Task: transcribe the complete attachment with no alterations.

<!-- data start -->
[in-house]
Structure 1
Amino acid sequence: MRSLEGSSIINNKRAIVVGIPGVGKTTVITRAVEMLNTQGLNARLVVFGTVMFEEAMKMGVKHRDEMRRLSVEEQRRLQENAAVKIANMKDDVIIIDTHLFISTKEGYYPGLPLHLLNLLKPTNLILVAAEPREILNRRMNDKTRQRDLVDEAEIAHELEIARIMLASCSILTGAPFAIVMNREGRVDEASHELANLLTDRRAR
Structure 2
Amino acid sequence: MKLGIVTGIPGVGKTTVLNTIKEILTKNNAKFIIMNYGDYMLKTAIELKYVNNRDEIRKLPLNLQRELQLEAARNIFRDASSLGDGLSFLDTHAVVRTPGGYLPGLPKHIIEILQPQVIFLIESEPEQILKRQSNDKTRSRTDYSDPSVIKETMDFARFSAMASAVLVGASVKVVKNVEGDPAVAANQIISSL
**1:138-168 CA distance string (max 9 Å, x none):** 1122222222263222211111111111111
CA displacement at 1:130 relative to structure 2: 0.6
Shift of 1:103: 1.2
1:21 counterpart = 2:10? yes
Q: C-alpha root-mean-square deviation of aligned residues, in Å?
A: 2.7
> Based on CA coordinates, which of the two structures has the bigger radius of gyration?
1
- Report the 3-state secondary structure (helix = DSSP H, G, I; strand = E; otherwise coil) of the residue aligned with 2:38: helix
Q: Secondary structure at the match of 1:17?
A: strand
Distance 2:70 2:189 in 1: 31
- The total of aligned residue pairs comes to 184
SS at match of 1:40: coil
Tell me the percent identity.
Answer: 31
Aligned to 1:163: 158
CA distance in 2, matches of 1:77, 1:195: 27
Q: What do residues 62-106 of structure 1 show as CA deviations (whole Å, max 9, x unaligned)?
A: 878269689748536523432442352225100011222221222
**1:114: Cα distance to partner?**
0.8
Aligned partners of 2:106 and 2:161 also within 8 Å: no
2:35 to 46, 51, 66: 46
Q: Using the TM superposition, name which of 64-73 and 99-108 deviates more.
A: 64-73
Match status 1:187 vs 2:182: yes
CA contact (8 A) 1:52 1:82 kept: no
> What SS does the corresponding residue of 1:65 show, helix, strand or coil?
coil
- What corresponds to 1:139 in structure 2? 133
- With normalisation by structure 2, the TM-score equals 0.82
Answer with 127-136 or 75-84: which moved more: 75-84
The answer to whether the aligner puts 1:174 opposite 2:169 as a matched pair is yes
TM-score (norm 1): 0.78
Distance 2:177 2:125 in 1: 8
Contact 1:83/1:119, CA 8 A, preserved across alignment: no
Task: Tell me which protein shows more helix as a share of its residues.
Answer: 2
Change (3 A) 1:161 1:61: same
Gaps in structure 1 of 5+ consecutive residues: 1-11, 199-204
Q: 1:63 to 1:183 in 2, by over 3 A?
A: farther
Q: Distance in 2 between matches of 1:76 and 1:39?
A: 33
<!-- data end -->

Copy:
[in-house]
Structure 1
Amino acid sequence: MRSLEGSSIINNKRAIVVGIPGVGKTTVITRAVEMLNTQGLNARLVVFGTVMFEEAMKMGVKHRDEMRRLSVEEQRRLQENAAVKIANMKDDVIIIDTHLFISTKEGYYPGLPLHLLNLLKPTNLILVAAEPREILNRRMNDKTRQRDLVDEAEIAHELEIARIMLASCSILTGAPFAIVMNREGRVDEASHELANLLTDRRAR
Structure 2
Amino acid sequence: MKLGIVTGIPGVGKTTVLNTIKEILTKNNAKFIIMNYGDYMLKTAIELKYVNNRDEIRKLPLNLQRELQLEAARNIFRDASSLGDGLSFLDTHAVVRTPGGYLPGLPKHIIEILQPQVIFLIESEPEQILKRQSNDKTRSRTDYSDPSVIKETMDFARFSAMASAVLVGASVKVVKNVEGDPAVAANQIISSL
**1:138-168 CA distance string (max 9 Å, x none):** 1122222222263222211111111111111
CA displacement at 1:130 relative to structure 2: 0.6
Shift of 1:103: 1.2
1:21 counterpart = 2:10? yes
Q: C-alpha root-mean-square deviation of aligned residues, in Å?
A: 2.7
> Based on CA coordinates, which of the two structures has the bigger radius of gyration?
1
- Report the 3-state secondary structure (helix = DSSP H, G, I; strand = E; otherwise coil) of the residue aligned with 2:38: helix
Q: Secondary structure at the match of 1:17?
A: strand
Distance 2:70 2:189 in 1: 31
- The total of aligned residue pairs comes to 184
SS at match of 1:40: coil
Tell me the percent identity.
Answer: 31
Aligned to 1:163: 158
CA distance in 2, matches of 1:77, 1:195: 27
Q: What do residues 62-106 of structure 1 show as CA deviations (whole Å, max 9, x unaligned)?
A: 878269689748536523432442352225100011222221222
**1:114: Cα distance to partner?**
0.8
Aligned partners of 2:106 and 2:161 also within 8 Å: no
2:35 to 46, 51, 66: 46
Q: Using the TM superposition, name which of 64-73 and 99-108 deviates more.
A: 64-73
Match status 1:187 vs 2:182: yes
CA contact (8 A) 1:52 1:82 kept: no
> What SS does the corresponding residue of 1:65 show, helix, strand or coil?
coil
- What corresponds to 1:139 in structure 2? 133
- With normalisation by structure 2, the TM-score equals 0.82
Answer with 127-136 or 75-84: which moved more: 75-84
The answer to whether the aligner puts 1:174 opposite 2:169 as a matched pair is yes
TM-score (norm 1): 0.78
Distance 2:177 2:125 in 1: 8
Contact 1:83/1:119, CA 8 A, preserved across alignment: no
Task: Tell me which protein shows more helix as a share of its residues.
Answer: 2
Change (3 A) 1:161 1:61: same
Gaps in structure 1 of 5+ consecutive residues: 1-11, 199-204
Q: 1:63 to 1:183 in 2, by over 3 A?
A: farther
Q: Distance in 2 between matches of 1:76 and 1:39?
A: 33